* Rising bond yields, Fed policy course weigh on equities
* Wal-Mart slumps after results; Cisco drags on technology
* Indexes down: Dow 1.4 pct, S&P 1.4 pct, Nasdaq 1.6 pct
By Havovi Cooper
NEW YORK, Aug 15 U.S. stocks saw their biggest
fall since late June on Thursday in the wake of disappointing
results from Wal-Mart and Cisco, and sturdy economic data that
may set the stage for the Federal Reserve to scale back its
Data showed consumer prices rose broadly in July and new
claims for jobless benefits fell to a near six-year low last
week, factors which could draw the Fed closer toward trimming
its $85-billion monthly bond-buying program.
Those stimulus measures have kept interest rates low and
buoyed equity markets this year, but on Thursday, U.S. Treasury
yields hit two-year highs. Higher rates raise borrowing costs
for consumers and companies and reduce the attractiveness of
equities relative to higher-yielding bonds.
"The speed at which bond yields have increased has caught
investors off-guard," said Dan Greenhaus, chief global
strategist at BTIG in New York.
Wal-Mart shares fell 2.3 percent to $74.63 after
the discount retailer posted disappointing same-store sales and
missed revenue estimates for a fifth consecutive quarter. The
company also lowered its revenue and profit forecasts for the
"The Wal-Mart earnings report is as big a macro indicator as
(gross domestic product data)," said Nicholas Colas, chief
market strategist at ConvergEx Group in New York.
"It shows that (consumer spending) isn't that strong yet -
inflation is rising, wages are not, unemployment is still pretty
high and that's not a recipe for a strong retail environment."
The Dow Jones industrial average fell 221.17 points,
or 1.44 percent, to 15,116.49, the S&P 500 lost 23.88
points, or 1.42 percent, to 1,661.51 and the Nasdaq Composite
dropped 59.535 points, or 1.62 percent, to 3,609.738.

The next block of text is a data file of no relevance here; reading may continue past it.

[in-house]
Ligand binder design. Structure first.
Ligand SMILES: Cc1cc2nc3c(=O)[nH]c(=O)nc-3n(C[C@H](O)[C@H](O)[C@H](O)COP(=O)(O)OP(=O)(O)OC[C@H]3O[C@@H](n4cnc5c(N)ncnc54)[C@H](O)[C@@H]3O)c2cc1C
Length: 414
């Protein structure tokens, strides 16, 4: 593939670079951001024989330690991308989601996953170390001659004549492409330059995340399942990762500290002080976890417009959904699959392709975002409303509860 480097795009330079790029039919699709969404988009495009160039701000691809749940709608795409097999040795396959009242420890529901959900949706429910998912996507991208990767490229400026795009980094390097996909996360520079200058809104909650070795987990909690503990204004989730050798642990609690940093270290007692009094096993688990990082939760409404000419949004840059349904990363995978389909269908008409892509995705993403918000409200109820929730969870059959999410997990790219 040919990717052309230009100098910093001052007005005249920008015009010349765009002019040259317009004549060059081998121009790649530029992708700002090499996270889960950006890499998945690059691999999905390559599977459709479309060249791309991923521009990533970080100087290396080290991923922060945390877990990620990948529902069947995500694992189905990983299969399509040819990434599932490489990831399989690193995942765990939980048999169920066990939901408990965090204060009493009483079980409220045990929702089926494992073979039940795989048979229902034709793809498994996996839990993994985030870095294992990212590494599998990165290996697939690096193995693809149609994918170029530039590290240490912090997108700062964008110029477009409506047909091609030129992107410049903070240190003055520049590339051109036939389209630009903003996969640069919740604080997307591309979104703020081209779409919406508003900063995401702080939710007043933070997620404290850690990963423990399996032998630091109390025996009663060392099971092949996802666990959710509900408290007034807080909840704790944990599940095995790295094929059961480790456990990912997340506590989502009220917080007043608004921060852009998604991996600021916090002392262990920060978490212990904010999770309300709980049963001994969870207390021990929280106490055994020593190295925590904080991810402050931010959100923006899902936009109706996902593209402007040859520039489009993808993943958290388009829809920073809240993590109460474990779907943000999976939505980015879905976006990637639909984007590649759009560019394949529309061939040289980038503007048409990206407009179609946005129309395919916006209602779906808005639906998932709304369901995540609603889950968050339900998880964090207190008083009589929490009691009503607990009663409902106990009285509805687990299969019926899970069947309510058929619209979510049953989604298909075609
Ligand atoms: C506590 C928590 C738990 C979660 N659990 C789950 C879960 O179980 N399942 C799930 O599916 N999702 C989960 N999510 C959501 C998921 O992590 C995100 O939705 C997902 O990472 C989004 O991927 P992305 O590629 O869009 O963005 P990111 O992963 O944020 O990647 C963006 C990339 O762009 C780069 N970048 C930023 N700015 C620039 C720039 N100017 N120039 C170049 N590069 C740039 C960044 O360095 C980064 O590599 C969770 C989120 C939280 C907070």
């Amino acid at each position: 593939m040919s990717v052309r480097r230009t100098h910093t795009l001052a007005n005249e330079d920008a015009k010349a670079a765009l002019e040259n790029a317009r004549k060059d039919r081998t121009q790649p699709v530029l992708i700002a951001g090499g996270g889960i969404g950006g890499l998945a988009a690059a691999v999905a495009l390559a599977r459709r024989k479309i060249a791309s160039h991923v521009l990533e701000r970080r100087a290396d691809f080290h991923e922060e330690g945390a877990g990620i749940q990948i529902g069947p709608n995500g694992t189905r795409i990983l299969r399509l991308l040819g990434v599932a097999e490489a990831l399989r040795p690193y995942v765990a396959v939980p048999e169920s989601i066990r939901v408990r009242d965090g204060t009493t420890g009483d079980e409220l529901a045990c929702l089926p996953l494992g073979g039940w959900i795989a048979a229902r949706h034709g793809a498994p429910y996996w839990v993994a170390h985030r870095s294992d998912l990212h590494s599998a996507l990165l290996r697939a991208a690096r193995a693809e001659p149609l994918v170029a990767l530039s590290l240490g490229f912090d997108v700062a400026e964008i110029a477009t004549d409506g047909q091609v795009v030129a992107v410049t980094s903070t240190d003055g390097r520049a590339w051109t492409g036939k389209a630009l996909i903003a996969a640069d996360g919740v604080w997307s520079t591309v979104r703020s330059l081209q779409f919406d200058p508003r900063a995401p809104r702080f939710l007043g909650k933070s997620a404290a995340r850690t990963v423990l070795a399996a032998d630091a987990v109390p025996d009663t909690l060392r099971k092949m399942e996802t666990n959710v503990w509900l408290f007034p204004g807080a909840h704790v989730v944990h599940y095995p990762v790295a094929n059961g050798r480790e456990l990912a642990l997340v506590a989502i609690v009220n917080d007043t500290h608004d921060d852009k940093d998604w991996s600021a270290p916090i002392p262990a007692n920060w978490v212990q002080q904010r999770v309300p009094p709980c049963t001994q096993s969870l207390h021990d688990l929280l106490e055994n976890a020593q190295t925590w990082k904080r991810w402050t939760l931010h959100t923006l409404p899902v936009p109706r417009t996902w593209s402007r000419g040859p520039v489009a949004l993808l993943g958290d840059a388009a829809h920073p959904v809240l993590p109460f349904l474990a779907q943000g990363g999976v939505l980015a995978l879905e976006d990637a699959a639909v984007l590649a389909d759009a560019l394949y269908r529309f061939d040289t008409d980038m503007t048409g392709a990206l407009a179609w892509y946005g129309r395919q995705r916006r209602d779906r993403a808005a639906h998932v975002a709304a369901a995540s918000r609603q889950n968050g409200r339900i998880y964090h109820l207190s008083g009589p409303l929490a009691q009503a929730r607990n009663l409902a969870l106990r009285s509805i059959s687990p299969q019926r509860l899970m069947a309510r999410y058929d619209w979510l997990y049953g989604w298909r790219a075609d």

The S&P 500 index's 1.4 percent drop was its biggest decline
since June 20.
Trading volume was low, as it tends to be in August, and
will likely remain lackluster as earnings season winds down.
The technology sector was the biggest laggard on the S&P
500, weighed down heavily by Cisco Systems, which fell
6.9 percent to $24.55 as a slew of brokerages cut their price
targets on the stock. The network equipment maker said recently
it will cut 4,000 jobs, or 5 percent of its workforce.
Shares of smaller rivals Ciena Corp and F5 Networks
were also down. Ciena fell 4.7 percent
to $21.43 while F5 Network slipped 2.9 percent to $89.83.
One of the few bright spots in retail earnings was Kohl's
, which reported a rise in quarterly same-store sales,
sending its stock up 5 percent to $53.45.
Billionaire investor George Soros added another 2 million
shares to his stake in struggling retailer J.C. Penney,
regulatory filings showed. The retailer's stock
was up 4.5 percent at $13.70.
Meanwhile, Warren Buffett's Berkshire Hathaway shed
its stake in newspaper and broadcasting company Gannett Co Inc
, which sent shares of Gannett down 4.9 percent to
Gun maker Smith & Wesson Holding's shares dropped
7.9 percent to $11.22 after a KeyBanc analyst downgraded the
stock to "underweight" from "hold," citing recent its recent
outperformance, coupled with lower retail demand.